ECW is pleased to welcome back Patrick Young, author of The Reconstruction Era blog
Last month’s commemorations of the 200th Anniversary of the Birth of Ulysses S. Grant helped to place the general and president in the perspectives of the various decades when his life has been recalled. I was a boy during the 150th Anniversary of his birth. Grant’s Sesquicentennial in the 1970s was little noted. At the time, he was likely to be remembered as a victorious general who butchered his men to win the war, making him a questionable leader to a generation tired of Vietnam and most other wars. This perception was reinforced by Lost Cause historiography that depicted Grant as leading an overwhelming force of men who greatly outnumbered their Confederate opponents and whose material resources drew on the unmatched industrial output of the North. Grant was routinely stigmatized in the 1970s as a drunken general and a failed president. The fact that other Union generals with the same resources and men had failed to defeat the Confederates was left unsaid, as were Grant’s presidential innovations that made former slaves into voters and office holders.
The Grant Bicentennial this year saw more than a dozen events in half-a-dozen states that either celebrated or reconsidered the Ohioan’s life and careers. Several sites on the Grant Trail in Ohio engaged in festivities and living history events that associated their communities with the young Grant. Grant’s pre-war homes in St. Louis, Missouri and Galena, Illinois focused on Grant as a historical figure who lived an ordinary life before the Civil War. Not all of the events are over. The Grant Cottage near Saratoga, N.Y. will celebrate his 200th Anniversary on June 18th. The cottage is the mountain retreat where Grant finished his memoirs and died soon thereafter.
I was fortunate to be able to attend the Grant Bicentennial at his, and his wife’s, final resting place. Grant’s Tomb in Manhattan was among New York’s most visited attractions a century ago. When Grant’s Sesquicentennial was observed in 1972 it was poorly maintained and visitation was off sharply. Two decades later, a courageous effort by a student at nearby Columbia University named Frank Scaturro led both the Federal and local governments to restore the magnificent mausoleum and its now-beautiful surrounding landscape.
I was glad that the former Columbia student was able to speak at the Bicentennial commemoration outside the tomb. Frank Scaturro continues his work to preserve the site and keep it accessible to the public. President Grant’s Great Grandson, Ulysses Grant Dietz, also spoke. He talked about his experience of being one of the more than seventy of Grant’s great grandchildren. His life illustrates the changes in the perception of Ulysses Grant. He said that as a boy in the 1960s, he was more likely to be made fun of because of his ancestor than asked questions about him. Now his great grandfather is recognized as a singular military figure in American history and his presidency is seen as the most advanced on civil rights between Lincoln and the 1960s.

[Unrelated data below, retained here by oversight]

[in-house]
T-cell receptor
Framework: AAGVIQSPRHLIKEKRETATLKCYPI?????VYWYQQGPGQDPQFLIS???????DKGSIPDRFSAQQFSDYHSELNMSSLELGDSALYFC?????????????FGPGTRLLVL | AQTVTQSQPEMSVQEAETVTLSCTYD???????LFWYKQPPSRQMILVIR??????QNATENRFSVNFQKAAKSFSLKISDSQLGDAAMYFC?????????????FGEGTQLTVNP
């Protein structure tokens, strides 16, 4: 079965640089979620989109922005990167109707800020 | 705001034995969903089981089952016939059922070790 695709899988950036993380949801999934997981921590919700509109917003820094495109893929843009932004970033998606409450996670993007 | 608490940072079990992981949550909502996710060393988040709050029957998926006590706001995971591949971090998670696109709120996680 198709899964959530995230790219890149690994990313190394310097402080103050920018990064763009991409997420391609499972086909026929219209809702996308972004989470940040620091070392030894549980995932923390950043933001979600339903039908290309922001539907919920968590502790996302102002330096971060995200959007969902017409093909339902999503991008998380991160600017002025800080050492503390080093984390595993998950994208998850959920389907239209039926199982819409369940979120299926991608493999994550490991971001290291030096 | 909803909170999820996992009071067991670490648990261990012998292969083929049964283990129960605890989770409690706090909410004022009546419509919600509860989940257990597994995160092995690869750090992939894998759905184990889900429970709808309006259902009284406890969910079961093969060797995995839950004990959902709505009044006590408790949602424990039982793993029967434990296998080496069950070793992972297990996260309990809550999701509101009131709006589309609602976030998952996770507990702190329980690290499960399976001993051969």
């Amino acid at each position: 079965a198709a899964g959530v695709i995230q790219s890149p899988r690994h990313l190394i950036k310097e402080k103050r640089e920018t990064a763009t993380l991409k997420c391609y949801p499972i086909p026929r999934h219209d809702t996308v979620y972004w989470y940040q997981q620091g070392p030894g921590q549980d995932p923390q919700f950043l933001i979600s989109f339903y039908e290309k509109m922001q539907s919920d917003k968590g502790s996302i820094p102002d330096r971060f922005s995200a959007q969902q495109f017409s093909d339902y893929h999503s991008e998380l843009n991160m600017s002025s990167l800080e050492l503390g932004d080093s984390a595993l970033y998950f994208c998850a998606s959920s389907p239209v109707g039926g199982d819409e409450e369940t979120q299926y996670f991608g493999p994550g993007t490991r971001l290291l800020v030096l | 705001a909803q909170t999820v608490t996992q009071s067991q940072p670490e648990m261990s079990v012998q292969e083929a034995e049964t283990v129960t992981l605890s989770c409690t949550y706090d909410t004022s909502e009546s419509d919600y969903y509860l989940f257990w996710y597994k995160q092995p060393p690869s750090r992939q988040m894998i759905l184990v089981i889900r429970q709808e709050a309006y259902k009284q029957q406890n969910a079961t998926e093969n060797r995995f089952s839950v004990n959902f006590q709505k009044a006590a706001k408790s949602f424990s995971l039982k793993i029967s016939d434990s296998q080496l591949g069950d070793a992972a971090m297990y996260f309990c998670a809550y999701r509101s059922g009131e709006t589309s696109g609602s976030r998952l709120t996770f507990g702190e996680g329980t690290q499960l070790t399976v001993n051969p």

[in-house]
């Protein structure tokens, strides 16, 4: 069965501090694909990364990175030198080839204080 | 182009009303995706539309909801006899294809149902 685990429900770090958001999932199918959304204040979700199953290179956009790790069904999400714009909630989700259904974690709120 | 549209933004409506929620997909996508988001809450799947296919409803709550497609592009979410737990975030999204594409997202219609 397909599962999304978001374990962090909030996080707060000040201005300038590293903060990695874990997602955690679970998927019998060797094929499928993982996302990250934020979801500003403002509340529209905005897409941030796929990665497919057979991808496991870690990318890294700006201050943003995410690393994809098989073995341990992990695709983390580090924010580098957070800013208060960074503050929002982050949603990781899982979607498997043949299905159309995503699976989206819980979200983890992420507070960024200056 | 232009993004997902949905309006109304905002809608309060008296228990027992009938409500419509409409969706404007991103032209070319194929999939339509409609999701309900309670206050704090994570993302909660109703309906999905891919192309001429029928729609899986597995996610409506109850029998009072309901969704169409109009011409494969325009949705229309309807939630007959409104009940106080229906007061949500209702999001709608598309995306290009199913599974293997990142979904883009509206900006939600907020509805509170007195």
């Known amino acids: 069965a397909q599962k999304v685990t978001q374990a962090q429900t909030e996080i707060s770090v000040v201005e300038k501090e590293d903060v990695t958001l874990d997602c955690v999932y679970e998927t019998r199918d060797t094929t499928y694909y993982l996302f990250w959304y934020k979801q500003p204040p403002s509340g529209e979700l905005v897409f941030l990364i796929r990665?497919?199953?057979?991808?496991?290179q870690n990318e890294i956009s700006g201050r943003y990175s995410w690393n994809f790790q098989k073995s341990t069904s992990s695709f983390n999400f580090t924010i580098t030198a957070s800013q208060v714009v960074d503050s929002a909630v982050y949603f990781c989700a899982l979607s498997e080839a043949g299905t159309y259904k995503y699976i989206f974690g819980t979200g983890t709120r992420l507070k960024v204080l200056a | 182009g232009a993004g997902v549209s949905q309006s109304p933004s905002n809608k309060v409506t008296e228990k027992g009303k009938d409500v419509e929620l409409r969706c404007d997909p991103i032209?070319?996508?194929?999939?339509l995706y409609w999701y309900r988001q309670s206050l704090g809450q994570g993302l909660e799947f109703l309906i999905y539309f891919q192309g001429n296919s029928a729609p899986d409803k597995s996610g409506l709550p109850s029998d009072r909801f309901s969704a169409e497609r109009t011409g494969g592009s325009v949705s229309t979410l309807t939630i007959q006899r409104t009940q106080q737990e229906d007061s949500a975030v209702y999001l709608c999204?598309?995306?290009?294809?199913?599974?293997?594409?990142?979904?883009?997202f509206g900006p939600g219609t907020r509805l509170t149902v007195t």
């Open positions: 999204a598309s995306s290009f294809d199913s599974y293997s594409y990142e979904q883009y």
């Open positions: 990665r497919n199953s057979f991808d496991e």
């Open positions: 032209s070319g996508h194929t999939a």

Professor Brooks Simpson of Arizona State University delivered the Keynote Address at the ceremony. Simpson is the nation’s leading authority on Grant, and his work beginning in the 1990s led to a massive change in how historians interpret Grant. (Brooks Simpson also grew up near me on Long Island as well, by the way.)
While much of historian Simpson’s writing is about Grant as a military commander, his keynote presentation examined how Grant’s military experience helped form him as a Reconstruction figure and president. Simpson told the audience of over three hundred attendees that “Most people know of Ulysses S. Grant as the general who led the United States to victory in the American Civil War, that should be enough. Yet there is more to Grant than that.”
Simpson continued, “In some ways Grant found peace more challenging than war. Victory not only saved the Union and destroyed slavery, but it also secured for him the personal security he had sought for so long. Yet over the next four years he found himself embroiled in political controversy as he sought to preserve in peace what he had won in war by repressing recalcitrant white Southerners’ violent resistance to Black freedom.”
According to Simpson, Grant had not aspired to become president. His fame and family security would have come through continued service at the highest level of military command. However, as Grant told William T. Sherman, if he did not run for office, the future of the American Republic at this dangerous moment would be left to “mere trading politicians.” When Grant received the nomination of the Republican Party for the presidency, he responded with the words carved over his Tomb’s entrance: “Let us have Peace.” By this he meant not only peace between North and South, but also between Black and White. He wanted to forge ahead, said Simpson, and leave the terrorism and disorder of the Civil War and the first years of Reconstruction behind. This, Simpson reminds us, was a sentiment “coming from the last slaveholder” to serve as President of the United States. “Such statements,” said Simpson, “reminded everyone of how far we had come in a decade.”
Grant wanted Blacks to have a “Fair Chance” said Simpson, and Grant urged whites to “treat the ‘Negro as a citizen and a voter, as he is and must remain.” Despite Grant’s best efforts to subdue violence, however, Simpson said, “it ultimately prevailed.”
In 2022 we recognize the power of supremacist violence to undo racial equality and racially neutral democracy. Grant could not find an antidote to White violence, but he did more to try to suppress it than any other president for nearly a century.